Redistribution of Calving Caribou in Response to Oil Field Development on the Arctic Slope of Alaska
Aerial surveys were conducted annually in June 1978-87 near Prudhoe Bay, Alaska, to determine changes in the distribution of calving caribou (Rangifer tarandus granti) that accompanied petroleum-related development. With construction of an oil field access road through a calving concentration area, mean caribou density (no./sq. km) decreased from 1.41 to 0.31 (P=0.05) with 1 km and increased from 1.41 to 4.53 (P=0.04) 5-6 km from the road. Concurrently, relative caribou use of the adjacent area declined (P<0.02), apparently in response to increasing surface development. We suggest that perturbed distribution associated with roads reduced the capacity of the nearby area to sustain parturient females and that insufficient spacing of roads may have depressed overall calving activity. Use of traditional calving grounds and of certain areas therein appears to favor calf survival, principally through lower predation risk and improved foraging conditions. Given the possible loss of those habitats through displacement and the crucial importance of the reproductive process, a cautious approach to petroleum development on the Arctic Slope is warranted.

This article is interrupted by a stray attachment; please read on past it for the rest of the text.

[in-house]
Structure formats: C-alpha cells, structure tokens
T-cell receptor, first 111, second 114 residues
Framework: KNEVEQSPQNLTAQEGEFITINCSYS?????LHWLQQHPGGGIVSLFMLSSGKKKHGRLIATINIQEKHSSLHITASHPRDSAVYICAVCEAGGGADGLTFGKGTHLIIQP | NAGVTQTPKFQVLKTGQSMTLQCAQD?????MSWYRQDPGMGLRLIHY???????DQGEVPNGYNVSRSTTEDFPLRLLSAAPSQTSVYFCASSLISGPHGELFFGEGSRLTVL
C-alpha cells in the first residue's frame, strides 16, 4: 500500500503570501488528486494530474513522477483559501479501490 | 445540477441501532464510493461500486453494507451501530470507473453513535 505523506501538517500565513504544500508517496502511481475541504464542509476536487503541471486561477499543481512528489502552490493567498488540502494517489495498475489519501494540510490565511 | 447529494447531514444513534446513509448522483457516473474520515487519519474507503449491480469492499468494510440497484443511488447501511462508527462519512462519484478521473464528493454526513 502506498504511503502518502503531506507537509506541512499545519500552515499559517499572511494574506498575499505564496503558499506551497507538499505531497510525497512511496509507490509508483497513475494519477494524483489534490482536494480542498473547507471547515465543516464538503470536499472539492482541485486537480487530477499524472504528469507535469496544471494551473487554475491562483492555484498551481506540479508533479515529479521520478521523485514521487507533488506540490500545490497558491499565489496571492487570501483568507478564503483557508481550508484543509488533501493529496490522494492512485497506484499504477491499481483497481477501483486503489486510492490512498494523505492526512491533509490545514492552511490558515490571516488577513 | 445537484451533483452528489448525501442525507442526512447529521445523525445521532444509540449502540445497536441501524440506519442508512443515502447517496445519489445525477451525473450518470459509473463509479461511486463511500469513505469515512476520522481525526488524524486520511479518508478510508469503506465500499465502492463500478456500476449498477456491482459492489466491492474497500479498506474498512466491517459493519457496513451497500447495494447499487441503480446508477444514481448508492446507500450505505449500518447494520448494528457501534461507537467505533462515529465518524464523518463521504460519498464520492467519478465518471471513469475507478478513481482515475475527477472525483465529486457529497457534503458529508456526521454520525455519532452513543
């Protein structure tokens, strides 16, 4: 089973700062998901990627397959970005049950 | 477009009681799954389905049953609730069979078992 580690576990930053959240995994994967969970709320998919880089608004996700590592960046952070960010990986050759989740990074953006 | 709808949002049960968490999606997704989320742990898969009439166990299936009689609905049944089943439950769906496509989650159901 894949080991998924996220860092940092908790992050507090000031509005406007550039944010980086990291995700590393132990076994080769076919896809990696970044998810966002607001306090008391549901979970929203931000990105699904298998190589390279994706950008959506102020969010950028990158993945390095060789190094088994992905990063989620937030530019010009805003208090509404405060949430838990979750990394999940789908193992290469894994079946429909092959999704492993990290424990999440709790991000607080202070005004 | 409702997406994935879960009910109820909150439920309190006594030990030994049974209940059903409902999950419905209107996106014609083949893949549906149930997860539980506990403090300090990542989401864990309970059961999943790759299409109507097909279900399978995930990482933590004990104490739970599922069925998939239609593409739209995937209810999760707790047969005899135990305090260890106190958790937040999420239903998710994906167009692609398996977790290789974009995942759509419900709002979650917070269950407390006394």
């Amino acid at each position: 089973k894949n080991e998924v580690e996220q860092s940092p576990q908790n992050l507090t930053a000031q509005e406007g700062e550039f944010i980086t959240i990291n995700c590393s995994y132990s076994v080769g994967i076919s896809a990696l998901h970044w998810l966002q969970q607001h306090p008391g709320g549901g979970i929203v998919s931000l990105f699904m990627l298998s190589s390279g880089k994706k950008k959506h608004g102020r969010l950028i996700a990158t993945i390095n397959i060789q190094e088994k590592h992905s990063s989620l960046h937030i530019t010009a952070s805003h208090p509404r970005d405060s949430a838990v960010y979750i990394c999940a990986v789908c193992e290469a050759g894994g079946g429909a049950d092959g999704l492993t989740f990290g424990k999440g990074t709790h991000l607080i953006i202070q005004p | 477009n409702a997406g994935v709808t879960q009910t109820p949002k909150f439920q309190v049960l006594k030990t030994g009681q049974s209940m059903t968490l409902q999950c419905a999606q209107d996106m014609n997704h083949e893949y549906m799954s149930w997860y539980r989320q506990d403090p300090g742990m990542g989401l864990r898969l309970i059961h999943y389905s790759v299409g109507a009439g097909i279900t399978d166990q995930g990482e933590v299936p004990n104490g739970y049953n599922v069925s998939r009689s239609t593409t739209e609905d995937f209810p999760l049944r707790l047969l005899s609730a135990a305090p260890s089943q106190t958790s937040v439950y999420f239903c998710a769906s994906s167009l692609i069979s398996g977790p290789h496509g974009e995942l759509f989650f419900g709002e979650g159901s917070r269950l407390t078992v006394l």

Key words: Alaska, calving, caribou, disturbance, oil field